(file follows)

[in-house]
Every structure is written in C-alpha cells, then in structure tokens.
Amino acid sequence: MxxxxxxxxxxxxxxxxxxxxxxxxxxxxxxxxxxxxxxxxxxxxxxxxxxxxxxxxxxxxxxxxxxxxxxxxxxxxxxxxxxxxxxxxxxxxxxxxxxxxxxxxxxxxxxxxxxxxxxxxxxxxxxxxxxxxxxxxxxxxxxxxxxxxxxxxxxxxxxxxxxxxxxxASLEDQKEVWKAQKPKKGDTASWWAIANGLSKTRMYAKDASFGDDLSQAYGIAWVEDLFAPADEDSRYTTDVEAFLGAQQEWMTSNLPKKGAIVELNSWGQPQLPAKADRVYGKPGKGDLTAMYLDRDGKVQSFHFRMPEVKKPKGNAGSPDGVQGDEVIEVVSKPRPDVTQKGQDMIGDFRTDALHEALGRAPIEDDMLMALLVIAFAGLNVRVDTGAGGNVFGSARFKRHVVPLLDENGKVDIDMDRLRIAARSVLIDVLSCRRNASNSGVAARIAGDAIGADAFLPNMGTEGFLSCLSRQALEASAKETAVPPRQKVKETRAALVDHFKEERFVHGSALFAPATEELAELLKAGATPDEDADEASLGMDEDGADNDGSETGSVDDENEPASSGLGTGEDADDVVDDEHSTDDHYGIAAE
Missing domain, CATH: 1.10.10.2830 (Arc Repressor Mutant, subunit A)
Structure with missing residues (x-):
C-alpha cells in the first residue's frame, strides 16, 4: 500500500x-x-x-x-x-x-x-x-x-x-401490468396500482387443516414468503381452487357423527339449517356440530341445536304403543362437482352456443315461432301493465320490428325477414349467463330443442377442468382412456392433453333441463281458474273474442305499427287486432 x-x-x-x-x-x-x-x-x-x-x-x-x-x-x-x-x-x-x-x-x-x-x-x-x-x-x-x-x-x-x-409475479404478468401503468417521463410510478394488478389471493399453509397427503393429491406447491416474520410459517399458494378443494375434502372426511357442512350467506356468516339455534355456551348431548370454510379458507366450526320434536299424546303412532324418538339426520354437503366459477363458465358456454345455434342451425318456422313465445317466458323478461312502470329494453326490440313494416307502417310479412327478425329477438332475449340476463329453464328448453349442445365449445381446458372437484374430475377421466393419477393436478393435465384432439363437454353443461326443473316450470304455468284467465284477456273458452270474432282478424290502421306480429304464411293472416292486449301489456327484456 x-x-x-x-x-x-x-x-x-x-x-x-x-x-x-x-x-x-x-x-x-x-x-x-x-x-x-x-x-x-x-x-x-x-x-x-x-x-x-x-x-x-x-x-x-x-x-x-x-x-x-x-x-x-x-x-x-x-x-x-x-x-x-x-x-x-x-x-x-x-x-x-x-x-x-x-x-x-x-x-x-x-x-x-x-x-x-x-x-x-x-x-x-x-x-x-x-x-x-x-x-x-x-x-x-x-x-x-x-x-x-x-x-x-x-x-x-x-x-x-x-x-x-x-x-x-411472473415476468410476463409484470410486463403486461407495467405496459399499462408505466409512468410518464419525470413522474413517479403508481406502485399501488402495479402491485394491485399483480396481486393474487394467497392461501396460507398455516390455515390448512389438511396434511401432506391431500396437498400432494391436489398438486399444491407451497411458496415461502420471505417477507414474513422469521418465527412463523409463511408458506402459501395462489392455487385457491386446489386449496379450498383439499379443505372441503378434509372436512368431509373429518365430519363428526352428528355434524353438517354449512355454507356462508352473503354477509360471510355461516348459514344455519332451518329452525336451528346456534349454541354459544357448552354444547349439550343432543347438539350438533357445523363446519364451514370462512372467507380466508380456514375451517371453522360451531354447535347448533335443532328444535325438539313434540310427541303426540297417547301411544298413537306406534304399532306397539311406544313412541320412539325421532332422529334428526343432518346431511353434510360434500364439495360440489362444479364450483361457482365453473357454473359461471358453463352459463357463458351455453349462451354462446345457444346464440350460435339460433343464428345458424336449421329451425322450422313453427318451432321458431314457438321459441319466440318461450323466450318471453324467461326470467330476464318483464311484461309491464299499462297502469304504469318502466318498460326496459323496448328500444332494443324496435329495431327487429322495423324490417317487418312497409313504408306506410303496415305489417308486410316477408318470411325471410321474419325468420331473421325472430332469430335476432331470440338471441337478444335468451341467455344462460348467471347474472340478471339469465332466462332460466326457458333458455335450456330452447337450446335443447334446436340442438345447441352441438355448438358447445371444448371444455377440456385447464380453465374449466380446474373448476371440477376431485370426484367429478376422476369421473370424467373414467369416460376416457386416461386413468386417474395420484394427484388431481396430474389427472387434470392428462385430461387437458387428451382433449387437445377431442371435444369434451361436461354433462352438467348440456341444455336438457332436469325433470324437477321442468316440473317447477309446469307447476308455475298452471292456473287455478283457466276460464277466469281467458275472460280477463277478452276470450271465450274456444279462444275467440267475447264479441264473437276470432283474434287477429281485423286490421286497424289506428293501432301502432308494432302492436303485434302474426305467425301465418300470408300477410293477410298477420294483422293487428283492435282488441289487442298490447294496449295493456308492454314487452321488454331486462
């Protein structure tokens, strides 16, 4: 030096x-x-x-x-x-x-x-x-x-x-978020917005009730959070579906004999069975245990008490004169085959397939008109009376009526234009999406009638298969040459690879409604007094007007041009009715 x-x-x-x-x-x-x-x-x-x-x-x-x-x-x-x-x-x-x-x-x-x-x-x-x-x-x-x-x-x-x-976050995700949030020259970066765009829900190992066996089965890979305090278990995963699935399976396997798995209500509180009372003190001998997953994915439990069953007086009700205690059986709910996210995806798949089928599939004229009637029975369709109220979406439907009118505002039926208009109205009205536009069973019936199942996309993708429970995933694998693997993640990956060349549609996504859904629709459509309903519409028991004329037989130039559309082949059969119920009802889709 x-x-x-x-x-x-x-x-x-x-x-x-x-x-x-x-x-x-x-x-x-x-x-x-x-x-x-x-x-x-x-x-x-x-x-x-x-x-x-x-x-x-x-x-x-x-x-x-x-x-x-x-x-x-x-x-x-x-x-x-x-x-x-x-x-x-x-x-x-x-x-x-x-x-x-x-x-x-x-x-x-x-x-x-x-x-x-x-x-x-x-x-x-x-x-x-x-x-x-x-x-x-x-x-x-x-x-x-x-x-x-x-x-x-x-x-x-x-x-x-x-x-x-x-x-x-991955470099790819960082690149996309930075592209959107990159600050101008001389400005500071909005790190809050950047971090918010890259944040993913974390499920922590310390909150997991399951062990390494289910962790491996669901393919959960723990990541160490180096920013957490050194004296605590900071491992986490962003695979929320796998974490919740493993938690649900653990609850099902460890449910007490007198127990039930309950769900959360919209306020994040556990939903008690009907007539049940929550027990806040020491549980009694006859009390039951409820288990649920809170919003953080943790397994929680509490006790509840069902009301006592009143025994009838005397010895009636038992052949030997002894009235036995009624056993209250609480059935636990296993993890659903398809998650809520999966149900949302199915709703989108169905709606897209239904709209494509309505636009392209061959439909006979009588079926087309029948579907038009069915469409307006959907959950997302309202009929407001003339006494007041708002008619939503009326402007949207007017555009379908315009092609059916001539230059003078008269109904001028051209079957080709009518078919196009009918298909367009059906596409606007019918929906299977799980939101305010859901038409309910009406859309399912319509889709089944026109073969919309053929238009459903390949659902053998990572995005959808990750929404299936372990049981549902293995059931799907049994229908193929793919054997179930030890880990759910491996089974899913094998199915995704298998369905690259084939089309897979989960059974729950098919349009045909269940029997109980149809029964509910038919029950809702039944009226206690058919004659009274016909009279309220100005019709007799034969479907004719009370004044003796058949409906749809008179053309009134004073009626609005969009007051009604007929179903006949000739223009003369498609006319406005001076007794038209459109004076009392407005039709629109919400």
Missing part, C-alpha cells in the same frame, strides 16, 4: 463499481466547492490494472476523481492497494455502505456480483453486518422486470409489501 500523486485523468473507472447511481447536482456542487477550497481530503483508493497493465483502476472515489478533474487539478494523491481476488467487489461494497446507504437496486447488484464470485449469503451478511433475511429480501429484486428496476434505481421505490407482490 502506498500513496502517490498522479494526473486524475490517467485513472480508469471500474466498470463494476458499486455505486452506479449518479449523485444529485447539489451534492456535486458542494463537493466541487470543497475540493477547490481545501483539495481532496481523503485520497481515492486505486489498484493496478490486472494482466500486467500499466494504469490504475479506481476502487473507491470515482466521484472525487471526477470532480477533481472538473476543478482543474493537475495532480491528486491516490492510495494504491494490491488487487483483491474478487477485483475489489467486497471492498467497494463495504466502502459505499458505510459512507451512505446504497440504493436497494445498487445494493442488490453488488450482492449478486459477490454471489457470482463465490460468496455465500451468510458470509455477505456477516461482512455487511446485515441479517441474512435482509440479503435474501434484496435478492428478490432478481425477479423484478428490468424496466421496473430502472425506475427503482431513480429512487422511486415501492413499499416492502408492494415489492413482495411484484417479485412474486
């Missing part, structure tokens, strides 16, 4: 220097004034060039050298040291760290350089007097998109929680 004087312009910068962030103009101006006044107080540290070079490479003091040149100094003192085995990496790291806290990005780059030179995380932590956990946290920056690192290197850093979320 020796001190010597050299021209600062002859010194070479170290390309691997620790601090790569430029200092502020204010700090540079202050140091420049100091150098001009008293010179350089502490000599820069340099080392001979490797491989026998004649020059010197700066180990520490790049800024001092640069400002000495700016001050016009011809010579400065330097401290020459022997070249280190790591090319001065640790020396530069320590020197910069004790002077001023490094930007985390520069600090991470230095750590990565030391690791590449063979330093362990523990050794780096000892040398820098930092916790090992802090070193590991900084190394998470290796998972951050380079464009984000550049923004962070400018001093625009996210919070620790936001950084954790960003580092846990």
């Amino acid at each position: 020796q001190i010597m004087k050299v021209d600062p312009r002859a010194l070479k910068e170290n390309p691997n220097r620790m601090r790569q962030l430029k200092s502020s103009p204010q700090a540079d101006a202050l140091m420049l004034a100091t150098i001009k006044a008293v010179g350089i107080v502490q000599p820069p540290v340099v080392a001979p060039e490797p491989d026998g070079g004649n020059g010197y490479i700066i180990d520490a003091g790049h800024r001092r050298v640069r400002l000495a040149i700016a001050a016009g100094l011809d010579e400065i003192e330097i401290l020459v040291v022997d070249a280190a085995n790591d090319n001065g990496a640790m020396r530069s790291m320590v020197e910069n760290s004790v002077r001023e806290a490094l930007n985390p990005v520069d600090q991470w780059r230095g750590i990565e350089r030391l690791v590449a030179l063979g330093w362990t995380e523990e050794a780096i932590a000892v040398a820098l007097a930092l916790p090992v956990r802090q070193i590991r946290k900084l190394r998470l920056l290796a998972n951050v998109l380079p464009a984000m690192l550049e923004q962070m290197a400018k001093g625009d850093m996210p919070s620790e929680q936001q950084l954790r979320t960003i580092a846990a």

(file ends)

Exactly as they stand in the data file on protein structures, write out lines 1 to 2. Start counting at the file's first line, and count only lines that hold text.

[in-house]
Every structure is written in C-alpha cells, then in structure tokens.